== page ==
Management and conservation of populations of animals requires information on where they are, why they are there, and where else they could be. These objectives are typically approached by collecting data on the animals' use of space, relating these positional data to prevailing environmental conditions and employing the resulting statistical models to predict usage at other geographical regions. Technical advances in wildlife telemetry have accomplished manifold increases in the amount and quality of available data, creating the need for a statistical framework that can use them to make population-level inferences for habitat preference and space-use. This has been slow-in-coming because wildlife telemetry data are spatio-temporally autocorrelated, often unbalanced, presence-only observations of behaviourally complex animals, responding to a multitude of cross-correlated environmental variables.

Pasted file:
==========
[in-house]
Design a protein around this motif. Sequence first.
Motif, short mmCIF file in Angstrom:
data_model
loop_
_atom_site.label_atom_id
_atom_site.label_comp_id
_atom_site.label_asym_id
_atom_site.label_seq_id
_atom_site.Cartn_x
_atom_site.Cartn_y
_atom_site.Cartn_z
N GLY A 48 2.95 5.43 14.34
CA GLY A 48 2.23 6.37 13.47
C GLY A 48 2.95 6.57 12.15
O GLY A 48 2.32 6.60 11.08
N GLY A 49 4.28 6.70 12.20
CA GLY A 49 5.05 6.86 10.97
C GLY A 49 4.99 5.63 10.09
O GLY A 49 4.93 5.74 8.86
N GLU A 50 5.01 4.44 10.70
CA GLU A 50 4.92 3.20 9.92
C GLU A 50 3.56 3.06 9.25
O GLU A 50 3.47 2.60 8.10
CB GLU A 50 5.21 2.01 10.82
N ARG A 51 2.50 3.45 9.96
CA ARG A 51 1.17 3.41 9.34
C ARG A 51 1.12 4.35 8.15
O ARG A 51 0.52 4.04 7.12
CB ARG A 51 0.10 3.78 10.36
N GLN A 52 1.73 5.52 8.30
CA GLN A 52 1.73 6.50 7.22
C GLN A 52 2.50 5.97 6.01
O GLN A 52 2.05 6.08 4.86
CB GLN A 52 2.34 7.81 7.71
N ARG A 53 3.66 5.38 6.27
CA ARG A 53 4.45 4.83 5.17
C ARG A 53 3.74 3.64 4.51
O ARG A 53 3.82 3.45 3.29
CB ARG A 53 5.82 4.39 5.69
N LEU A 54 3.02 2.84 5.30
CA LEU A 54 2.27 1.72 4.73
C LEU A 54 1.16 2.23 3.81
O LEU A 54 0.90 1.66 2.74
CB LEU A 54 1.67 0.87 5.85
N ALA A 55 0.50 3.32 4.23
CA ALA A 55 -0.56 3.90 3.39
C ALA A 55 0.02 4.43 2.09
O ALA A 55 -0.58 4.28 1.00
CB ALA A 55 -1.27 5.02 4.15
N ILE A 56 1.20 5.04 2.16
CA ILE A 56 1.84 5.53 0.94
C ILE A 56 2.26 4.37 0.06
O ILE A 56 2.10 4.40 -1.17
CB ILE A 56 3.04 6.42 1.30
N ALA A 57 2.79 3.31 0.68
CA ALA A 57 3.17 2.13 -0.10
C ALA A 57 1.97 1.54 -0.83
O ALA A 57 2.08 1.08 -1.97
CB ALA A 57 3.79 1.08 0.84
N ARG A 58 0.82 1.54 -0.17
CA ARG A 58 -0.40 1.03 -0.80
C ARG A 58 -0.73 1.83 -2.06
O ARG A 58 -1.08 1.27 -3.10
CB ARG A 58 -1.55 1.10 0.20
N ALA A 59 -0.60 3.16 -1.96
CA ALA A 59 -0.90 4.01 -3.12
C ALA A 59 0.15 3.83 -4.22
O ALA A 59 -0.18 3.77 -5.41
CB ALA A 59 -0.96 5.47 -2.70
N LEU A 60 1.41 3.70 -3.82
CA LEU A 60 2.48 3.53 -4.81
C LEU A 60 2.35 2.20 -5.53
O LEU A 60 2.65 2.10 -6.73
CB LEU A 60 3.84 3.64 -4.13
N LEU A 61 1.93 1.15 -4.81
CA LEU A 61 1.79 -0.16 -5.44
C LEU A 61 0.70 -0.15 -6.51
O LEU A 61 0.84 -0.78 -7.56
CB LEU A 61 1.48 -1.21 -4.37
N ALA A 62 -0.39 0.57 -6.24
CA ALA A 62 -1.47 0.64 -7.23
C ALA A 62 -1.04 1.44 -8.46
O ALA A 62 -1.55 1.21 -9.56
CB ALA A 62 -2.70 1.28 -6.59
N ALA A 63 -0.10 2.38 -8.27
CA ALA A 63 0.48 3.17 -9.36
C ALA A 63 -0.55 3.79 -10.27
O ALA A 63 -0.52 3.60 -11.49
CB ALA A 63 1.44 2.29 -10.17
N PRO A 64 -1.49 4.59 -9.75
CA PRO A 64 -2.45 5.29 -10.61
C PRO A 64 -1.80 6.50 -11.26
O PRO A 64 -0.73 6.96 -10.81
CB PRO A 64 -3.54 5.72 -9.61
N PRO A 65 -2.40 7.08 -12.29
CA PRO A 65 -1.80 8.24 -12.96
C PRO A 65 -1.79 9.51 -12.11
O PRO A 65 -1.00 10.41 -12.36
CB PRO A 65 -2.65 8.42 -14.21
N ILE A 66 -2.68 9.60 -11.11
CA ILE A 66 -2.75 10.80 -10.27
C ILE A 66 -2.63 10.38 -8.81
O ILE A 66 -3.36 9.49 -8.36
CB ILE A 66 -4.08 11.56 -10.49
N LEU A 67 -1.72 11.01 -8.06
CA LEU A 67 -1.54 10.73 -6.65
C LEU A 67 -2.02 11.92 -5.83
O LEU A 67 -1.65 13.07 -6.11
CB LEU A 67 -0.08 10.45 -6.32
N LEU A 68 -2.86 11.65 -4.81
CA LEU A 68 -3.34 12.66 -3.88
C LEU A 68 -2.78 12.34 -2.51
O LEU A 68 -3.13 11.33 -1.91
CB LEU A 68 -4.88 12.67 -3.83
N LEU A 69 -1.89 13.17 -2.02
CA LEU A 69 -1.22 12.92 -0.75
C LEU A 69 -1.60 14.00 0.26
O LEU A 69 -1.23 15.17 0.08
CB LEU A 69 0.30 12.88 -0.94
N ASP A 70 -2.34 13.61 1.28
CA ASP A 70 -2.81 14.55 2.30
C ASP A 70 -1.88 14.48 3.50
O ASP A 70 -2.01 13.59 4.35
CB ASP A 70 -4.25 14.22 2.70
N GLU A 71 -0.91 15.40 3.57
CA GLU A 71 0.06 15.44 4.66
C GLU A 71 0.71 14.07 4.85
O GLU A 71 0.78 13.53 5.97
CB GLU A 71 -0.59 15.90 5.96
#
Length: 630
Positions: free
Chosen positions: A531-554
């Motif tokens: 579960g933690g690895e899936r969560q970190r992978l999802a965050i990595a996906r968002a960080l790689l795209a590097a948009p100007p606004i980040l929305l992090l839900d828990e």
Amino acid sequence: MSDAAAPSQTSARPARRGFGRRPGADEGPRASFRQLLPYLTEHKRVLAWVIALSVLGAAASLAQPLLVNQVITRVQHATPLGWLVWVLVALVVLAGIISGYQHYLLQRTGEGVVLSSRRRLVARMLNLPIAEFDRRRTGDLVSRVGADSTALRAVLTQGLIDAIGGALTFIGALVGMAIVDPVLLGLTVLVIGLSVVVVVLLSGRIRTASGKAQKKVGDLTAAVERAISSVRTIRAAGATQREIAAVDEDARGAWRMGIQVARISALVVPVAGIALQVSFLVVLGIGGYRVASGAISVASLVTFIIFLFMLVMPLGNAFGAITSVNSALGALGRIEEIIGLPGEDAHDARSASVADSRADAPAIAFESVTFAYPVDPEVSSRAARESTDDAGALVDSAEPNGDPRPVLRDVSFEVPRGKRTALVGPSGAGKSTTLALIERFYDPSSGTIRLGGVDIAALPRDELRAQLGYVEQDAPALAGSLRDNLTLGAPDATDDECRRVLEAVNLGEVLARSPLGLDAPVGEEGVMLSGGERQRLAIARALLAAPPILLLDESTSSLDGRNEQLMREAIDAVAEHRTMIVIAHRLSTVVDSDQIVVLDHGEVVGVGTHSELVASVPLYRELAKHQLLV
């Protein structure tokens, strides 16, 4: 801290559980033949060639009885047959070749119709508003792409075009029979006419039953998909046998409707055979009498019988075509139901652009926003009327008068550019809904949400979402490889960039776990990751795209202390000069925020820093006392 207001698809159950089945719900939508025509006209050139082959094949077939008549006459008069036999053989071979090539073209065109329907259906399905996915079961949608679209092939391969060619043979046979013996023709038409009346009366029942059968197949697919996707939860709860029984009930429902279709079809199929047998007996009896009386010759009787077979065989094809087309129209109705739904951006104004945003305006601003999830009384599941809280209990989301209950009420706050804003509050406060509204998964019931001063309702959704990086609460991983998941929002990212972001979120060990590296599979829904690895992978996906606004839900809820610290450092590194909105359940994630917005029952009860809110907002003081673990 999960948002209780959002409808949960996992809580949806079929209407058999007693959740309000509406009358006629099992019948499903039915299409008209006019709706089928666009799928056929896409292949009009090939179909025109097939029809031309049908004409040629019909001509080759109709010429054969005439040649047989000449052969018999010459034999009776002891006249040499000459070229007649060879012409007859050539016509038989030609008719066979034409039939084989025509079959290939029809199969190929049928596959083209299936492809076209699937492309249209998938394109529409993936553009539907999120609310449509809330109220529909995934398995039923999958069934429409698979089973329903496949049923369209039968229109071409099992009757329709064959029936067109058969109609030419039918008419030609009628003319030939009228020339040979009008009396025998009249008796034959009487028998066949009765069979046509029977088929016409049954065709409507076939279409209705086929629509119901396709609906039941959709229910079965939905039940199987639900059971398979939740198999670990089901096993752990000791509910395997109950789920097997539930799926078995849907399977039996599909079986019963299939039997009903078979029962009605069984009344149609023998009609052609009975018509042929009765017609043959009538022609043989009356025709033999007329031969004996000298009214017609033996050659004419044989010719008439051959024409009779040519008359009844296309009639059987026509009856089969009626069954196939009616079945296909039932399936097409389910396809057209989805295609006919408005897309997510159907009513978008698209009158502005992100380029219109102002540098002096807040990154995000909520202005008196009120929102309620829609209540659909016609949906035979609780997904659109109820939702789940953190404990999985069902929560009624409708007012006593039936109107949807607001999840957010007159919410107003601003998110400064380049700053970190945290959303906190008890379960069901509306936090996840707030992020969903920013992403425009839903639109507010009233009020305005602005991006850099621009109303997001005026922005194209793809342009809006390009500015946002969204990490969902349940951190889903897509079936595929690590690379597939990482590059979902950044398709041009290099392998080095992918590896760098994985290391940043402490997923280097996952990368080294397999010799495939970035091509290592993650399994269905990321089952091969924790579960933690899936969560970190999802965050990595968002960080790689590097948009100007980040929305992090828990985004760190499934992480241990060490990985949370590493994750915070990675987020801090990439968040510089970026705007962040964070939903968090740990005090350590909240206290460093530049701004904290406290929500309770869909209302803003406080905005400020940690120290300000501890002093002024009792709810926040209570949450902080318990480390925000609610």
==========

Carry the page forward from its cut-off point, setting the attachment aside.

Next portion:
We review the evolution of regression models for the analysis of space-use and habitat preference and outline the essential features of a framework that emerges naturally from these foundations. This allows us to derive a relationship between usage of points in geographical space and preference of habitats in environmental space. Within this framework, we discuss eight challenges, inherent in the spatial analysis of telemetry data and, for each, we propose solutions that can work in tandem. Specifically, we propose a logistic, mixed-effects approach that uses generalized additive transformations of the environmental covariates and is fitted to a response data-set comprising the telemetry and simulated observations, under a case-control design.
We apply this framework to a non-trivial case-study using satellite-tagged grey seals Halichoerus grypus from the east coast of Scotland. We perform model selection by cross-validation and confront our final model's predictions with telemetry data from the same, as well as different, geographical regions. We conclude that, despite the complex behaviour of the study species, flexible empirical models can capture the environmental relationships that shape population distributions.